For all the years we've been making pizza, the Italian Combo always seems to be the crowd favorite (and Linda's.) And for good reason. It is a classic. A quick search on the Internet reveals that pepperoni is the favorite topping in America, so call us crazy because we no longer put pepperoni on our classic Italian Combo Grilled Pizza.
We prefer salami, and not just any salami, nitrate-free (or cured in the traditional manner) is numero uno in our ratings. If you would like a mini primer about curing meats and nitrates, visit ZMO Journal. Speciality cured meat shops are popping up around the country and are worth the time and effort to seek out.
Fresh vegetables, some more than others, in particular, mushrooms and bell peppers, release a lot of water during cooking. Maximize flavor by roasting red bell peppers or caramelizing yellow onions which, by the way, are both excellent additions to the Italian Combo, just like accessorizing another classic, the little black dress, with earrings and a string of pearls.
Italian Combo Grilled Pizza
1 ball fresh pizza dough (300 grams)
1 tsp extra-virgin olive oilAbout 1/2 cup tomato pizza sauce
2 Tbsps parmesan, finely grated
About 1 cup mozzarella cheese, shredded and divided
8-10 slices Fratelli Beretta® or Applegate Farms® Nitrate-Free Sliced Genoa Salami (available at Whole Foods Market)
2 chicken, beef or pork Italian sausages, removed from casings, crumbled and fried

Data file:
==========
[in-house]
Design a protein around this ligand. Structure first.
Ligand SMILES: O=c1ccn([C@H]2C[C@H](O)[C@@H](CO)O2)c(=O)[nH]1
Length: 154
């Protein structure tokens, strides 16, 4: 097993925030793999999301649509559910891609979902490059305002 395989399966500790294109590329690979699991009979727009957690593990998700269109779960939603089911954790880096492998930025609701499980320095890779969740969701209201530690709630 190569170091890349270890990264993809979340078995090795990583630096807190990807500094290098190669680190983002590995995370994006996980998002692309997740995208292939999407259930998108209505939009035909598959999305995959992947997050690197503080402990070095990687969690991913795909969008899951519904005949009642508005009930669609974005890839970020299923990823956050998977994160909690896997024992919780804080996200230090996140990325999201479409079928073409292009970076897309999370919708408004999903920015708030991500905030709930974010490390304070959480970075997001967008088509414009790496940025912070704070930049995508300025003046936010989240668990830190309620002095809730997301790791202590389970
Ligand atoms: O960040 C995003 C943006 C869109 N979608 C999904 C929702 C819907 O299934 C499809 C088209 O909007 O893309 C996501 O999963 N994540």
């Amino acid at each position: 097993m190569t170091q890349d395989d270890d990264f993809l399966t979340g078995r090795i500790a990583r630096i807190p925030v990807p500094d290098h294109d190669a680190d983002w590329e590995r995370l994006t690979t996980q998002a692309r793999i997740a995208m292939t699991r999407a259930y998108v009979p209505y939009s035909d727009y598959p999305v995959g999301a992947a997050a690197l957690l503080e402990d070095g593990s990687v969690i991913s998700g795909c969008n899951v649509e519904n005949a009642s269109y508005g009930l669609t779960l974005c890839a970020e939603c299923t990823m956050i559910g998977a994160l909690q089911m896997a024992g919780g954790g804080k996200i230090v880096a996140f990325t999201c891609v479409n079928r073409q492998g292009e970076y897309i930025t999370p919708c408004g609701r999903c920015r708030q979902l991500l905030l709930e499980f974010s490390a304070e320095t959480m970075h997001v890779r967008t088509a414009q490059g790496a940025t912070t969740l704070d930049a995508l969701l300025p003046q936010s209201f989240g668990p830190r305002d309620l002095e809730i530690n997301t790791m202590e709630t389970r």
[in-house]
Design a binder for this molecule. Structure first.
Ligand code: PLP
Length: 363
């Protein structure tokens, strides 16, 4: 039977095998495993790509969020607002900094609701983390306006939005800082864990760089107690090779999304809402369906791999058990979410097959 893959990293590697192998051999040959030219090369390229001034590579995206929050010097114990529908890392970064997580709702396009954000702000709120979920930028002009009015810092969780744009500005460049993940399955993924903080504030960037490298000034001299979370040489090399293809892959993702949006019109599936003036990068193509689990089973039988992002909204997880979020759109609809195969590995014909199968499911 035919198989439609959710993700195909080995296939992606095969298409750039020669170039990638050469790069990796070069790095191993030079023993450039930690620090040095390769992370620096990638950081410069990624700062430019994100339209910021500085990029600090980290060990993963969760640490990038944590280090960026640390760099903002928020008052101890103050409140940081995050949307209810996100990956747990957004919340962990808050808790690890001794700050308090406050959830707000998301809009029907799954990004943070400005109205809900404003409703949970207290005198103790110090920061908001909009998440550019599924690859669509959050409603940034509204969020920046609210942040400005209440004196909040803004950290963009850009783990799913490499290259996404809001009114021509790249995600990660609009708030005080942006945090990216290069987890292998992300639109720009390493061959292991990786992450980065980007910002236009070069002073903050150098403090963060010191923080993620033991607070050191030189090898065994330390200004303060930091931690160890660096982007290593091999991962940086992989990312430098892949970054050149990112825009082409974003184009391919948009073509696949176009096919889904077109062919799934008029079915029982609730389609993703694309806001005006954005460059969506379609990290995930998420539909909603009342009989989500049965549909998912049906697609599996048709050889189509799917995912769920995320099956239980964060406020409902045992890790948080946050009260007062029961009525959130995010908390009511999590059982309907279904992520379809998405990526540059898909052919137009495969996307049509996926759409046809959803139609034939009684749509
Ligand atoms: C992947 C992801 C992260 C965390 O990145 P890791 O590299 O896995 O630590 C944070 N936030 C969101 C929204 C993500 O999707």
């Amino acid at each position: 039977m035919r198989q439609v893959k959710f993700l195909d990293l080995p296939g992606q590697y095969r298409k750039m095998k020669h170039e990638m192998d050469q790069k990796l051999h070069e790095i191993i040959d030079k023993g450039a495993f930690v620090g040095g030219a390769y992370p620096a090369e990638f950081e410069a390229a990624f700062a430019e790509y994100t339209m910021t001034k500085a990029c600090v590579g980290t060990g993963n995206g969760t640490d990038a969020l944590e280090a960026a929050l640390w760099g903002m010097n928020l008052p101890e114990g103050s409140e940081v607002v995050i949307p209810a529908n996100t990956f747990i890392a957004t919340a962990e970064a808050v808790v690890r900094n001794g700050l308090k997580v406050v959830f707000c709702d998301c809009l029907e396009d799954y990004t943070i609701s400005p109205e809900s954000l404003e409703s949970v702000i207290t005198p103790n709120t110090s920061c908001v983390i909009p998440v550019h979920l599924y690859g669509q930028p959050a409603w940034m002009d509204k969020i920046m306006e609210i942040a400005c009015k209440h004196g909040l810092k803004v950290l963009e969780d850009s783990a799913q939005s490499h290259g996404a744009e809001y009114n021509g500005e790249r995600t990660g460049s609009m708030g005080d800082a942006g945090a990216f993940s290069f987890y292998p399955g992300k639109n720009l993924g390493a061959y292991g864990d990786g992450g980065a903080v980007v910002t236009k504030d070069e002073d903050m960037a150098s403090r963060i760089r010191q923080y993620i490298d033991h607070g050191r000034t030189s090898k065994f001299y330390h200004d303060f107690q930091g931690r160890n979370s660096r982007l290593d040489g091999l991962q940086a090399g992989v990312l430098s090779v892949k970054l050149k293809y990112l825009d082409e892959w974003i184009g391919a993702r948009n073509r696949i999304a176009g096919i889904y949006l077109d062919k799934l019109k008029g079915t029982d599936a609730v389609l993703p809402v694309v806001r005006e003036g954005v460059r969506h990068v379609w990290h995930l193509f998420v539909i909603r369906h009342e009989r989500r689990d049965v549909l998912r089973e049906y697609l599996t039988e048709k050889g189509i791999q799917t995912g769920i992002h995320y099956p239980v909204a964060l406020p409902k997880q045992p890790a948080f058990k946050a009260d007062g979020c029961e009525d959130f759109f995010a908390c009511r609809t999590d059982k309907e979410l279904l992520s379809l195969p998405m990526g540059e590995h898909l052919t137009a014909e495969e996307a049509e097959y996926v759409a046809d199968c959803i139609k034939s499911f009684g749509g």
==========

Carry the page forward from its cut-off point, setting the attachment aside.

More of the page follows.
1/4 pound mushrooms, sliced
10 kalamata or black olives of your choice, pitted, sliced or crushed with fingers
Red chili flakes for garnish
1. Prep toppings and mushrooms: To a warmed skillet, add a little olive oil, place the cleaned and sliced mushrooms, and roast over medium high heat, stirring every so often, until the mushrooms give up their moisture and are cooked through, about 8 minutes. Remove the mushrooms from pan; let cool.Drain and discard any accumulated liquid.
|Cooked vegetables release a lot of liquid.|
4. Remove dough ball from container and let the dough stretch out into a disc on the top of your hands. Begin moving the dough around, stretching and pulling into a circle, careful not to touch the rim. When it is thin in the center and about six or eight inches in diameter, place on floured work surface.
5. Continue pushing dough outwards with palms and fingers so it is thin on the bottom, and has a nice rim of crust around the circumference. Transfer to pizza peel.
|Smear fresh tomato sauce over the oiled crust; sprinkle on grated parmesan and mozzarella.|
We are partial to salami on pizza, rather than the more popular pepperoni.
|We were rather generous with the toppings; you may prefer a more sparsely populated pizza.|
|A little more cheese for the top. |
Fresh mozzarella that is drained and lightly salted is an excellent choice.
P.S. This pizza rewarms nicely the next day, uncovered, in a 350°F oven for about 10 minutes.
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